The art of drag is rightly considered the greatest form of escapism for both the audience and performer. And in an era of increasing hardship, the magic of drag performance is arguably more necessary and appreciated than ever before. Like the rest of us, drag queens across the UK have been forced to adapt to a new reality: carving out inventive ways to entertain audiences and showcase their art remotely. But marking Pride Month in the midst of a pandemic – with Pride celebrations being cancelled up and down the country – has presented us with a whole new set of challenges. Thankfully, LGBTQ creatives are proving the spirit of Pride Month goes well beyond the parades, bars, and nightclubs. Here, eight talented queens tell me what Pride Month means to them, how they're putting their sickening skillset to good use, and celebrating Pride in the times of coronavirus.
For me, Pride isn't just parties and parades, but a demonstration of LGBTQ+ identity. In the current climate, it is imperative we celebrate Pride Month and honour queer POC by continuing to educate ourselves and allies about ways we can combat prejudice — especially within our own community.
Throughout Pride Month in lockdown, I've learned to get creative, and encourage others to do the same. I've taken part in a lot of online shows, which have provided an opportunity to try out things I perhaps wouldn't in regular gigs, such as pre-recorded performances. I’ve also had the chance to meet so many amazing performers and artists on social media, including Tiana Biscuit, Pierre, Sophia Stardust, and Asia Thorne.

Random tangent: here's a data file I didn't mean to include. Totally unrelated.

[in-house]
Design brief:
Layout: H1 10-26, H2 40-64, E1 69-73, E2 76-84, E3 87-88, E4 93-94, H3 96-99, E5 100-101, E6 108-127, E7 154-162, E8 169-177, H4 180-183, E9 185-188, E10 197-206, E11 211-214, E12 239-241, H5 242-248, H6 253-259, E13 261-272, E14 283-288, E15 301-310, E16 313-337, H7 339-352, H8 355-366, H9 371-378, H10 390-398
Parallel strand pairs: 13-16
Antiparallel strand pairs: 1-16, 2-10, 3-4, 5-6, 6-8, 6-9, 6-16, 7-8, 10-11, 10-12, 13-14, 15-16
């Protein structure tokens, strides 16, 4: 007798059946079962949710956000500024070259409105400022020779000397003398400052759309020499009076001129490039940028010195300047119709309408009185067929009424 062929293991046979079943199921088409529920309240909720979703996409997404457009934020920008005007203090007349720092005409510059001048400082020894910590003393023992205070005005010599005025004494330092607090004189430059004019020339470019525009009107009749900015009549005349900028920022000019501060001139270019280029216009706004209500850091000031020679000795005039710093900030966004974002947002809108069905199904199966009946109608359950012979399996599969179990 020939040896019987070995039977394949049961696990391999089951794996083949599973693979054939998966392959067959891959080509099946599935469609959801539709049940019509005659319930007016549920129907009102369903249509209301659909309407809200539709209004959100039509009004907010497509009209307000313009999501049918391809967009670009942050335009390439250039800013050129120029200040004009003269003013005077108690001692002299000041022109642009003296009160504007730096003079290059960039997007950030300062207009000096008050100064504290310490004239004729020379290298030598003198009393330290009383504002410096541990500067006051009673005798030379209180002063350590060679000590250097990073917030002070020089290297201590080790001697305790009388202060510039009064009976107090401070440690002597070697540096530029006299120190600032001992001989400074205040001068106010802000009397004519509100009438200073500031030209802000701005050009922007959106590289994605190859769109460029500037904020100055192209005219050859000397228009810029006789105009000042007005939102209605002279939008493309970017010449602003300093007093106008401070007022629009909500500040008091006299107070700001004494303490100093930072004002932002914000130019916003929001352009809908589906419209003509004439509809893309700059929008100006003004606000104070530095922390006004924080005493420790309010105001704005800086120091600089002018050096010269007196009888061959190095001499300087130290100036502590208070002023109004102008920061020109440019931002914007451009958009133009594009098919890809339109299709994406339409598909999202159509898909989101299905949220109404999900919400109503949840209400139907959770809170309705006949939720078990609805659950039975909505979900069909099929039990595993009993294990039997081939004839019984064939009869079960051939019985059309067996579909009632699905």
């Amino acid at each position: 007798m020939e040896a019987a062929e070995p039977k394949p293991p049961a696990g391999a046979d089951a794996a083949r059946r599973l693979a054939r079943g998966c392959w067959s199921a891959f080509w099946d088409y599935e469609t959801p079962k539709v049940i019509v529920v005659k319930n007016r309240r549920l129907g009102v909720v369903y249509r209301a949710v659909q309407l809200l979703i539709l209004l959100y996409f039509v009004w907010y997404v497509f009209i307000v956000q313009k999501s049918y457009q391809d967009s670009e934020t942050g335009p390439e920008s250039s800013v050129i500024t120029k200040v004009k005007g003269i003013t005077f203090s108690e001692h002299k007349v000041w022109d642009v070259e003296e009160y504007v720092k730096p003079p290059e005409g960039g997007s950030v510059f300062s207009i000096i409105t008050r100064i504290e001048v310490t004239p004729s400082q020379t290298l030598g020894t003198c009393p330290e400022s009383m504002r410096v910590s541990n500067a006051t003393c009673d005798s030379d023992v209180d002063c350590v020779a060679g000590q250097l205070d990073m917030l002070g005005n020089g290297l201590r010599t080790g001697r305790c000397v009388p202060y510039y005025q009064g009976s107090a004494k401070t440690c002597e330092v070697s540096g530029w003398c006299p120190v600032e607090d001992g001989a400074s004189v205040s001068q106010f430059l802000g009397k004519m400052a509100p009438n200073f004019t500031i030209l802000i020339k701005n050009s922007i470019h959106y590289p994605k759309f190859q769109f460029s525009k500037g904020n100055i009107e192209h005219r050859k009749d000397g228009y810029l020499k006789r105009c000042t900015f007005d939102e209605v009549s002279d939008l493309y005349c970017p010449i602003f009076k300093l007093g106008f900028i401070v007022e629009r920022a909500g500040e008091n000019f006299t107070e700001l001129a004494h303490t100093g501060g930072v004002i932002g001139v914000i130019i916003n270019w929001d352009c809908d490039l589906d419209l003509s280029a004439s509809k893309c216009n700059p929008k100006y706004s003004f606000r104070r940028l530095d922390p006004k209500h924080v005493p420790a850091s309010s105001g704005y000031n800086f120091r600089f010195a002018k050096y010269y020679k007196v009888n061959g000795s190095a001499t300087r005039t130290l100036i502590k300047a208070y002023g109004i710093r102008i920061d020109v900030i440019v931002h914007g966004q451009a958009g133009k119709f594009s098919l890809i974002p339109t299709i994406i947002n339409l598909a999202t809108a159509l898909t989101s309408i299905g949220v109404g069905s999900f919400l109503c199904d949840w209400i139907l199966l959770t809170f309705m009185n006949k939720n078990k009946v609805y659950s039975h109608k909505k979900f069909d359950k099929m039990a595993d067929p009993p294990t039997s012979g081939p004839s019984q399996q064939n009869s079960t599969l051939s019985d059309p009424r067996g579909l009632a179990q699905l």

Pride is all about connecting with others and celebrating our achievements. During lockdown, this connection is more important than ever before, as many in the community might feel isolated or out of sync.
Throughout Pride Month, I’ve spent time reading more about the history of our LGBT+ movement. I’ve used this time to have conversations with different people to increase my understanding of all that has been before today, and prepare for all that can be done tomorrow. For Pride day here in Norwich, I’ll also be encouraging people to dress up and share their day online.
To me, Pride is a symbol of the queer and oppressed revolutionising the way in which we're perceived. It is much more than just commercialism, and with parades and club nights off-limits, we have an opportunity to focus on the true origins of Pride: the Stonewall riots.
I’m celebrating Pride Month by treating myself to the headspace and relaxation I deserve. Time spent during lockdown has also been immensely valuable to my craft, too. I’ve been styling wigs, designing looks, making new numbers, and creating video content.
I've also spent Pride Month unashamedly celebrating queer POC examples of excellence: activists such as Travis Alabanza and Munroe Bergdorf; leaders of ball culture such as the wonder woman Leiomy Maldonado; queens such as The Vixen, Shea Couleé and Bob the Drag Queen. There’s such a beautiful wealth of Black queer excellence out there — go enjoy it!
Alexis Saint Pete
Pride can be an incredibly inspiring and uplifting time, and is sure to be a perfect remedy for those lockdown blues.
My drag has adapted to the current situation, and I've managed to deliver the looks I've become known for. I dug deep into my wardrobe to make use of all the colour and sparkle to brighten up my living room. I've also been part of some amazing virtual projects, including the East London-based Slav 4 U party, all of which aim to put the spirit of our community and its strength on display. Resilience is in our blood.